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How to Paint a Ferro-Cement Hull

Updated February 21, 2017

Ferro-cement boat hulls are not the most popular in the marine industry. They present the boat owner with unique maintenance problems. The cement composite is poured over an iron frame of rebar and hardware cloth. Consequently the boat's hull surface is rough and grainy, similar to a concrete porch or sidewalk. Whether on a boat hull or on the garage floor, painting cement requires a few unique preparation steps.

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  1. Remove any existing coating from the boat hull. Various methods will effectively remove the existing coatings, including power removal with sandblasting equipment or mechanical removal with a wire brush.

  2. Examine the boat hull for any cracks, dents or similar surface damage.

  3. Remove any loose or broken pieces of cement material from the damaged area using the putty knife. Before repainting the boat, remove all loose cement and debris from the damaged area.

  4. Grind a V-shaped groove into the surface of the hull around any damaged areas. By preparing the surface, the new cement patching compound will adhere to the existing substrate.

  5. Mix the approved cement patching compound according to manufacturer's instructions. Stir into the patching compound the quick-setting liquid additive.

  6. Roll a small amount of patching compound into a golf ball size lump. Work this material into the damaged area with your hands. Ensure that no air bubbles or voids exist in the patching material and that it adheres firmly to the boat hull.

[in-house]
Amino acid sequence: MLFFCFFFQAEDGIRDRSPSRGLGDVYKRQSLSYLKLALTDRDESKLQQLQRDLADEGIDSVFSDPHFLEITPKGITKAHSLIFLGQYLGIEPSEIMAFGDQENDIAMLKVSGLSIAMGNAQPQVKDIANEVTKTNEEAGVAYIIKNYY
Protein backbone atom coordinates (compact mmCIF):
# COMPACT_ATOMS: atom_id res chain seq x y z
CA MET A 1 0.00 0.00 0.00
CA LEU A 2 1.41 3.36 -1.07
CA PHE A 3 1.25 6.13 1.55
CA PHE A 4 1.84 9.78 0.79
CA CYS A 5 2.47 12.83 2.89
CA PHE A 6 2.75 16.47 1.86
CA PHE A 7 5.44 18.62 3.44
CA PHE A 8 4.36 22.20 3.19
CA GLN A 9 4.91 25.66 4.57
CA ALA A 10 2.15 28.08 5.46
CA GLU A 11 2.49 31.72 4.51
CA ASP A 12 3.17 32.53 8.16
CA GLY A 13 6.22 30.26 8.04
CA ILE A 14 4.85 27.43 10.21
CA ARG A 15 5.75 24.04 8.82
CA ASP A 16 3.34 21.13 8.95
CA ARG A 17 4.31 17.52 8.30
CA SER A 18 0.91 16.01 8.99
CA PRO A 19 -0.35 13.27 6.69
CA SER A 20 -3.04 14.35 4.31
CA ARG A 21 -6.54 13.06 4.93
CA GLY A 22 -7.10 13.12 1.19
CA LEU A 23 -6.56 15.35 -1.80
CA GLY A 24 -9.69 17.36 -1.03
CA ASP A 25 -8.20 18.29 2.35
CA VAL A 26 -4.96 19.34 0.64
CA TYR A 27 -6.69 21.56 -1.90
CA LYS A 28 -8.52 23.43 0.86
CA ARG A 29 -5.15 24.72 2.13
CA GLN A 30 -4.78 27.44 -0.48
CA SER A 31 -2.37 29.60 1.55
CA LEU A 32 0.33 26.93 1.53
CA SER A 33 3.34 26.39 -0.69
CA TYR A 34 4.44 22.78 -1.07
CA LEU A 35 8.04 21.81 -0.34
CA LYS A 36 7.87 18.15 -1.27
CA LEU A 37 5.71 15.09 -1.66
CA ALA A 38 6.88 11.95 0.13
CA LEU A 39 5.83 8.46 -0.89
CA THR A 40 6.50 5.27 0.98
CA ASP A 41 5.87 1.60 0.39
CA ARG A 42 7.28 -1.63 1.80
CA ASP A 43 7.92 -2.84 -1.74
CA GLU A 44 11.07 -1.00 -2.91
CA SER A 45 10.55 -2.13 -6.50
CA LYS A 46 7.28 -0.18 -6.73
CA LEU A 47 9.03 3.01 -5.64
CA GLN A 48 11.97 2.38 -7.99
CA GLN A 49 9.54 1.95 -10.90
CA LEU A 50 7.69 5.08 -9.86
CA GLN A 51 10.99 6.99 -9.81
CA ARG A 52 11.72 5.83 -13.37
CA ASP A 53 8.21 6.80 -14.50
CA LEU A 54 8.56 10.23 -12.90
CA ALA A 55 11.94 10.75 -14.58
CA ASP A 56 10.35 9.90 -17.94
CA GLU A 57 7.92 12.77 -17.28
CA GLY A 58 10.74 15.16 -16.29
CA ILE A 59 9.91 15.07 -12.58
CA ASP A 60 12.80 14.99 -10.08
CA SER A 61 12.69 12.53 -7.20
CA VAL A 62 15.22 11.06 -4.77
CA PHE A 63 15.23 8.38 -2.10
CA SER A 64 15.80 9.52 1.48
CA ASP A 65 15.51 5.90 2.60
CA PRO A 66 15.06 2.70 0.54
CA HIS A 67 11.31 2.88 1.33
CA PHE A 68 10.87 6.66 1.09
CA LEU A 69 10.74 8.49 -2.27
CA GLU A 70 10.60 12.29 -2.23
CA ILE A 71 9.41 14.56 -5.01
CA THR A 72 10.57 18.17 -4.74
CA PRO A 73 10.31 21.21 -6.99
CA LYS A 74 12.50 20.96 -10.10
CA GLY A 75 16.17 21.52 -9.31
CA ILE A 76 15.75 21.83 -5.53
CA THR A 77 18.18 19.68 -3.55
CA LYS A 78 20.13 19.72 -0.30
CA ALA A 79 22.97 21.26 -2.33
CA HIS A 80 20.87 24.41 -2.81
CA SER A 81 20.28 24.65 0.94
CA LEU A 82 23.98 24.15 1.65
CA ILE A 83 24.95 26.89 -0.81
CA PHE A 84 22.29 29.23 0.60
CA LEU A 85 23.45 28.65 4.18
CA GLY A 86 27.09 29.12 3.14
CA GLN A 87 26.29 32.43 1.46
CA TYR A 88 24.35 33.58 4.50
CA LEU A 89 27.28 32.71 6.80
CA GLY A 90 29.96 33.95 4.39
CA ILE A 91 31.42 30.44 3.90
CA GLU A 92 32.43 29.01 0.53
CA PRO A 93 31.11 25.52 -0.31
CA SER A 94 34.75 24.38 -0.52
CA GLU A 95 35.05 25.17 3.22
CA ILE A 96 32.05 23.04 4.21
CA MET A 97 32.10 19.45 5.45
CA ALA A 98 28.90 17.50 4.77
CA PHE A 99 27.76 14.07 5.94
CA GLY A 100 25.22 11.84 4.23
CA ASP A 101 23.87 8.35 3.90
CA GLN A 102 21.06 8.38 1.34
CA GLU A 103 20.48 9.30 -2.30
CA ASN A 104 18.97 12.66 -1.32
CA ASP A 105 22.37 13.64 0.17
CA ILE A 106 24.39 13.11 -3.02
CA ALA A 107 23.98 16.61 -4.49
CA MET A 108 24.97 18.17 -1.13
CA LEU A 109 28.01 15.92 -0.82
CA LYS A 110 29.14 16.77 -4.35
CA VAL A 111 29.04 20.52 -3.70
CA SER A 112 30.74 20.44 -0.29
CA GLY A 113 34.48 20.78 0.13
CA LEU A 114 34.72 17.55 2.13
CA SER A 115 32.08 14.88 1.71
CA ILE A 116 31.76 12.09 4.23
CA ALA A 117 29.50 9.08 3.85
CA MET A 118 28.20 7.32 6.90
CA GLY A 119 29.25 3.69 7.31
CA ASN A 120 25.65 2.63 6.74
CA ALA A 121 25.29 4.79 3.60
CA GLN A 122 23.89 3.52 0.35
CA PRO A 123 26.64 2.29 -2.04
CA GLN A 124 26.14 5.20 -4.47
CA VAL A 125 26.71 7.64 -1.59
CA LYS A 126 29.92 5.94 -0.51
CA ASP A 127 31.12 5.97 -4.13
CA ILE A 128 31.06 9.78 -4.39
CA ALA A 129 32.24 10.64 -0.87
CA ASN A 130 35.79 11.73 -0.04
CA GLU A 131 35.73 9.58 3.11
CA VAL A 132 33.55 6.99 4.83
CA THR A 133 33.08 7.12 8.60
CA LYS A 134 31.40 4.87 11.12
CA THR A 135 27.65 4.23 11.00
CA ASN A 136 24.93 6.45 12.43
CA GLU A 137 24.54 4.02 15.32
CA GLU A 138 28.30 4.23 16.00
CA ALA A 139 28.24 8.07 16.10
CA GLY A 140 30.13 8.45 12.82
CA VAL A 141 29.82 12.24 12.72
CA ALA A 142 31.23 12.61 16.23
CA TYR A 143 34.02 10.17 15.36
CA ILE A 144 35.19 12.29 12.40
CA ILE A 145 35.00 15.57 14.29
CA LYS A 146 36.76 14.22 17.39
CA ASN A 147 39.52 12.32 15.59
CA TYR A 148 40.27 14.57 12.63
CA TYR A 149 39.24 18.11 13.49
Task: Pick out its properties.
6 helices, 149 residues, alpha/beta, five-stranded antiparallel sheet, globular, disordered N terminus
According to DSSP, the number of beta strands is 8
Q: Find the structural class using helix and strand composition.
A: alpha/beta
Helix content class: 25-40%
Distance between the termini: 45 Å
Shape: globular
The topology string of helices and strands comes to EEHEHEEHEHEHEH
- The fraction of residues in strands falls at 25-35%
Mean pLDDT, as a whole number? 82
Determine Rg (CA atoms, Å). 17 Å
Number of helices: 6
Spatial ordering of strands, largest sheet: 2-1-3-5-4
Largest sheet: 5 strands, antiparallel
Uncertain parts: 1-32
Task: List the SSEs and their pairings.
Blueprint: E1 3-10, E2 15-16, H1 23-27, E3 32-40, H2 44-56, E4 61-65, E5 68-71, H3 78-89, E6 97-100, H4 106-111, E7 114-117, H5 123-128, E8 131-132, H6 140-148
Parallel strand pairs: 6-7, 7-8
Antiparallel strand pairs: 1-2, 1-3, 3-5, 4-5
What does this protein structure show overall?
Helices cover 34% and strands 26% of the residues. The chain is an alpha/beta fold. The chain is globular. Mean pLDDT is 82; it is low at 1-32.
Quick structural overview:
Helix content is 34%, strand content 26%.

7. Allow the patches to dry before proceeding with the painting process.

  8. Mix muriatic acid with water to create a four parts water to one part acid solution in the garden sprayer. Soak the hull with fresh water. Spray the muriatic acid solution on the cement hull. Spray a 2-by-8-foot area at a time, thoroughly wetting the surface of the concrete.

  9. Scrub the surface with the stiff bristle brush or broom. This process will etch the cement and prepare the hull for the paint coatings. Etch the boat in a well-ventilated area or out-of-doors.

  10. Rinse the hull with pure water and allow to thoroughly dry. The surface is now ready to be painted

  11. Apply the paint according to manufacturer's instructions. A minimum of two coats of paint are applied with adequate time allowed for each coat to dry thoroughly. Most marine-based paints are solvent or epoxy-based products. These paints require longer dry times. The painting process should not be hurried.

  12. Apply solvent-based paints with airless spray painting equipment. An airless sprayer is the most effective way to apply solvent-based paints on the cement surface. Once the paint is sprayed onto the boat hull, use the paintbrush to brush the paint into the cement surface. This process, called "back brushing," ensures a good bond between the cement surface and the paint.

  13. Apply epoxy-based paints with paint brushes and rollers.Do not run epoxy-based paint through airless spray painting equipment. As the epoxy cures, it could render the airless equipment useless.

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Things You'll Need

  • Solvent-based marine quality paint
  • Solvent
  • Ferro-cement hull approved cement patching compound
  • Quick-setting liquid additive
  • Wire brush
  • Muriatic acid
  • Plastic bucket
  • Rubber gloves
  • Stiff bristle nylon brush
  • Stiff putty knife
  • Electric 5-inch disc grinder
  • Garden sprayer
  • Airless painting equipment
  • 7-inch paint roller, and paint roller tray
  • 2 ½-inch angle tipped paint brush

About the Author

Since 2003, Timothy Burns' writing has appeared in magazines, management and leadership papers. He has contributed to nationally published books and he leads the Word Weavers of West Michigan writers' group. Burns wrote "Forged in the Fire" in 2004, and has published numerous articles online. As a trained conference speaker, Burns speaks nationally on the art, science and inspiration of freelance writing.

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